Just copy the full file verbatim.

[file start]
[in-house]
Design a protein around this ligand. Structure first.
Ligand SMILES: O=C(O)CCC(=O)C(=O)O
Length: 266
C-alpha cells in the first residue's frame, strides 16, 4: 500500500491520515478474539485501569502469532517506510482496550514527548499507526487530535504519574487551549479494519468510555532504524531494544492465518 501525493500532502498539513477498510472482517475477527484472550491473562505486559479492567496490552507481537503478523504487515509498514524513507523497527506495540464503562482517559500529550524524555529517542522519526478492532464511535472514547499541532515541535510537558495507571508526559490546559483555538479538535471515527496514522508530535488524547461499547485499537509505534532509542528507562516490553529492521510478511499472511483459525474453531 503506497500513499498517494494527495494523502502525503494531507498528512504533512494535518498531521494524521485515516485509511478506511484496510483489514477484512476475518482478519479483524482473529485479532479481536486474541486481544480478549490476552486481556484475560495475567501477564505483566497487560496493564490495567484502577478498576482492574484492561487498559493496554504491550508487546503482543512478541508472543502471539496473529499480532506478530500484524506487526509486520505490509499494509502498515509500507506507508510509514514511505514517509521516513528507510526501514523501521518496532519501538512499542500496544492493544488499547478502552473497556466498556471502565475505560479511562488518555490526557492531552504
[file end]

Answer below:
[in-house]
Design a protein around this ligand. Structure first.
Ligand SMILES: O=C(O)CCC(=O)C(=O)O
Length: 266
C-alpha cells in the first residue's frame, strides 16, 4: 500500500491520515478474539485501569502469532517506510482496550514527548499507526487530535504519574487551549479494519468510555532504524531494544492465518 501525493500532502498539513477498510472482517475477527484472550491473562505486559479492567496490552507481537503478523504487515509498514524513507523497527506495540464503562482517559500529550524524555529517542522519526478492532464511535472514547499541532515541535510537558495507571508526559490546559483555538479538535471515527496514522508530535488524547461499547485499537509505534532509542528507562516490553529492521510478511499472511483459525474453531 503506497500513499498517494494527495494523502502525503494531507498528512504533512494535518498531521494524521485515516485509511478506511484496510483489514477484512476475518482478519479483524482473529485479532479481536486474541486481544480478549490476552486481556484475560495475567501477564505483566497487560496493564490495567484502577478498576482492574484492561487498559493496554504491550508487546503482543512478541508472543502471539496473529499480532506478530500484524506487526509486520505490509499494509502498515509500507506507508510509514514511505514517509521516513528507510526501514523501521518496532519501538512499542500496544492493544488499547478502552473497556466498556471502565475505560479511562488518555490526557492531552504